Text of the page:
Academic Essay Paragraphs

Key words: body paragraph, topic sentence, supporting argument, evidence, authority, citation, examples, anecdotal evidence

Now that you’ve thought through the qualities of paragraphs, it’s time to address the big issue. At university, you are mainly meant to draw the knowledge items of your paragraphs from credible sources and state who those sources are (referencing).This is particularly important in your assignment essays.

Please note that the APA referencing style is used in this workshop.

About academic paragraphs

Academic paragraphs are the body paragraphs of your essay and account for about 90% of your word count and marks. They may also be the structure of short answer questions in other types of writing (e.g. exams).

Academic paragraphs contain the points you want to make with supporting arguments and evidence. These paragraphs use a basic pattern (recipe) you can follow. The sentences in your body paragraphs may include citations from information sources, examples and anecdotal evidence. 

Analysis of the structure of an academic paragraph

Exercise 1: Understanding the academic paragraph

Read the following academic paragraph from a research essay and answer the questions that follow. Use the scratch pads below the questions to make notes and record your ideas.

Assignment essay tasks are set to assist students to develop mastery of their study subject. Firstly, assignment tasks enhance understandings about subject matter. Yang and Baker (2005, p. 1) reason that “to master your learning materials and extend your understandings, you need to write about the meanings you gain from your research”. Secondly, research (Jinx, 2004; Zapper, 2006) clearly demonstrates that students learn the writing conventions of a subject area while they are researching, reading and writing in their discipline. This activity helps them to “crack the code” of the discipline (Bloggs, 2003, p. 44). Thus, students are learning subject matter and how to write in that disciplinary area by researching and writing assignment essays. (111 words/6 sentences)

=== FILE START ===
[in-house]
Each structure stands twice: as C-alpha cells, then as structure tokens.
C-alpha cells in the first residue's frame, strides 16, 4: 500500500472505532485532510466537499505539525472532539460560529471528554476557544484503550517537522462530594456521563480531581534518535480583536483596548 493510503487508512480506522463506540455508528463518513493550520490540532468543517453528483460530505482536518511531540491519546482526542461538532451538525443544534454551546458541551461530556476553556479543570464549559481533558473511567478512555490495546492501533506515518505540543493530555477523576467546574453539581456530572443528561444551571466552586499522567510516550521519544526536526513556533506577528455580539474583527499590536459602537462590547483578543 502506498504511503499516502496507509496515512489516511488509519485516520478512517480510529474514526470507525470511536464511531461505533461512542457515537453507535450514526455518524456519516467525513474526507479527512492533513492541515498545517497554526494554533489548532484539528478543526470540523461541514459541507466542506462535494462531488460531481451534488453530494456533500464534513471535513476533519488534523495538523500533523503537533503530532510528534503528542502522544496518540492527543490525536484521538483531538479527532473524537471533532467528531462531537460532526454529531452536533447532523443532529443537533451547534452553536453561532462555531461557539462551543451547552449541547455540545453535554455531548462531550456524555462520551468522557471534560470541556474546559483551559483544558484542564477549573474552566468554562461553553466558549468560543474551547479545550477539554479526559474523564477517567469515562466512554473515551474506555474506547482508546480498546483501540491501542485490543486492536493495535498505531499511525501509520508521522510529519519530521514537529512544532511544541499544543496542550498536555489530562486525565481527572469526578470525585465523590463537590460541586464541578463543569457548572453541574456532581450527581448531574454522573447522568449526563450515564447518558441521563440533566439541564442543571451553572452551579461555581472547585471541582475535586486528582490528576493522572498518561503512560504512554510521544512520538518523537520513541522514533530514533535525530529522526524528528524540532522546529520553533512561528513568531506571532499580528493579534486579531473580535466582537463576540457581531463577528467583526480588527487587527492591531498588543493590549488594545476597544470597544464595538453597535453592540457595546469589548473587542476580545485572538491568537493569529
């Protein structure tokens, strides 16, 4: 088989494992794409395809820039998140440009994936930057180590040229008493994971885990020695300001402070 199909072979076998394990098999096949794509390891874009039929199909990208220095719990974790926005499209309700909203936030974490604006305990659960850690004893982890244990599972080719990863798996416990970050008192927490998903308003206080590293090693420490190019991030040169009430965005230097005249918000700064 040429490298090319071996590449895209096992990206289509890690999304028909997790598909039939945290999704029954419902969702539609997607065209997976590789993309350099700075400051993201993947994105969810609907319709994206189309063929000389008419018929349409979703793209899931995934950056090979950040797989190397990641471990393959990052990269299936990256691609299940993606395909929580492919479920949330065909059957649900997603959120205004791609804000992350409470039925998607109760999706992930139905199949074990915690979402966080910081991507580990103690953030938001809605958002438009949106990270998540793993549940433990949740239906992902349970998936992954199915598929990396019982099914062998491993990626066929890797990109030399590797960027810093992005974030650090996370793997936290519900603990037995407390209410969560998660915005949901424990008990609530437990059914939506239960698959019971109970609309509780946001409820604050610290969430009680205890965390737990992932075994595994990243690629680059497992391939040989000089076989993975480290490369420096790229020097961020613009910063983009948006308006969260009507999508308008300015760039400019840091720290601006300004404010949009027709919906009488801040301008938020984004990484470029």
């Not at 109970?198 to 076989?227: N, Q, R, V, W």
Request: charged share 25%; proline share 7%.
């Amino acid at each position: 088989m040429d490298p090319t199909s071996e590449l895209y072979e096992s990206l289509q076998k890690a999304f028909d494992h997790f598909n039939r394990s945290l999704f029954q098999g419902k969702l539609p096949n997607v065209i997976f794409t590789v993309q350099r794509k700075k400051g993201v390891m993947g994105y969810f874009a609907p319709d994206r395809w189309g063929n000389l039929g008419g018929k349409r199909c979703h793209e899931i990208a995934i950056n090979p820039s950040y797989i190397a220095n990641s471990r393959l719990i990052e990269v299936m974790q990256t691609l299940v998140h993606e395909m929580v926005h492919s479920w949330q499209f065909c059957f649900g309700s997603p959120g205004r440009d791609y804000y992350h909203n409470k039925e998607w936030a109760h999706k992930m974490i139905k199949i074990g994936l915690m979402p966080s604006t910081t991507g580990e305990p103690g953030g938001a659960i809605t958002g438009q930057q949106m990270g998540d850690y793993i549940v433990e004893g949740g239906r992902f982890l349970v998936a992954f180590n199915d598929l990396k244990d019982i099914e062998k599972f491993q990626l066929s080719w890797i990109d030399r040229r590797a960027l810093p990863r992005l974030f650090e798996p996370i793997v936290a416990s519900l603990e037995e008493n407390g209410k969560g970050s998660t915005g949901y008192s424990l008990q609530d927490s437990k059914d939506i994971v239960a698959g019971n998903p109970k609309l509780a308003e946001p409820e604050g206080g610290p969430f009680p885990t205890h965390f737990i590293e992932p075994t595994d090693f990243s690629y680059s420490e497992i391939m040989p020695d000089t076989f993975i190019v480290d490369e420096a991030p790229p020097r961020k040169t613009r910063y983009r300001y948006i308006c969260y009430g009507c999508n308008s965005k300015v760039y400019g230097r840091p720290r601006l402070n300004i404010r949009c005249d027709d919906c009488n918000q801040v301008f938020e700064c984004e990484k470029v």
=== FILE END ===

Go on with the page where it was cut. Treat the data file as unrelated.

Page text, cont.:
Exercise 2: Analysing the academic paragraph

Click ‘Start analysis’ below to see how these strategies are working in an academic paragraph.

More information
ASO Factsheets: 

Essay body paragraphs

After the introduction come the body paragraphs. They usually take up most of the essay.

Paragraphs contain three main sections:

  • Main point: the topic sentence, which describes the focus of the paragraph
  • Support: explanations, evidence, and examples that reinforce the main point
  • Transitions: connections between this paragraph and
    • the thesis statement
    • nearby paragraphs

Academic paragraphs are usually at least three sentences long, and can be longer still. However, don't make those sentences too long. As a rough guide, a sentence longer than three lines is too long.

Main point

All paragraphs should be focused: they should discuss only one major point. That point should connect with the overall focus of the essay (as described in the thesis statement).

The major point of a paragraph is often called the controlling idea. Every paragraph should have a different controlling idea, each one discussing one aspect or part of the overall essay.

Body paragraphs will often begin with a summary of the controlling idea: the topic sentence. The topic sentence summarises the paragraph in the same way that the thesis statement summarises the whole essay.

The rest of the paragraph supports that topic sentence, by explaining it in detail, giving an example, or citing evidence that reinforces it.


The largest part of any body paragraph is the support: explanations, evidence, and examples.

Explanations use logic to fully explain the point raised in the topic sentence. It is not enough to just explain an idea, however: you need to show that outside evidence supports it as well.

Evidence can include

  • Facts
  • Published opinions
  • Research from books, journal articles, websites, etc.
  • Published case studies
  • Research data

All evidence must be relevant to the topic, and it must be used and credited properly.

Outside sources can be quoted, summarised, or paraphrased. For information on the right and wrong ways to do this, see quoting and paraphrasing. Crediting outside sources is known as referencing, and is described in detail in the section titled introduction to referencing.


Body paragraphs do not exist in isolation. They should fit together like a jigsaw puzzle. Transitions show the connections between paragraphs themselves, and the connections between the paragraphs and the overall focus of the essay (the thesis statement). They often appear at the end of a paragraph.

Transitions are essential for maintaining momentum in your essay and showing the reader how all the ideas fit together. They are described in detail in the next section, essay flow.

Example body paragraphs

See sample essay 1 and sample essay 2 for model body paragraphs.

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Last updated on 11 March, 2014

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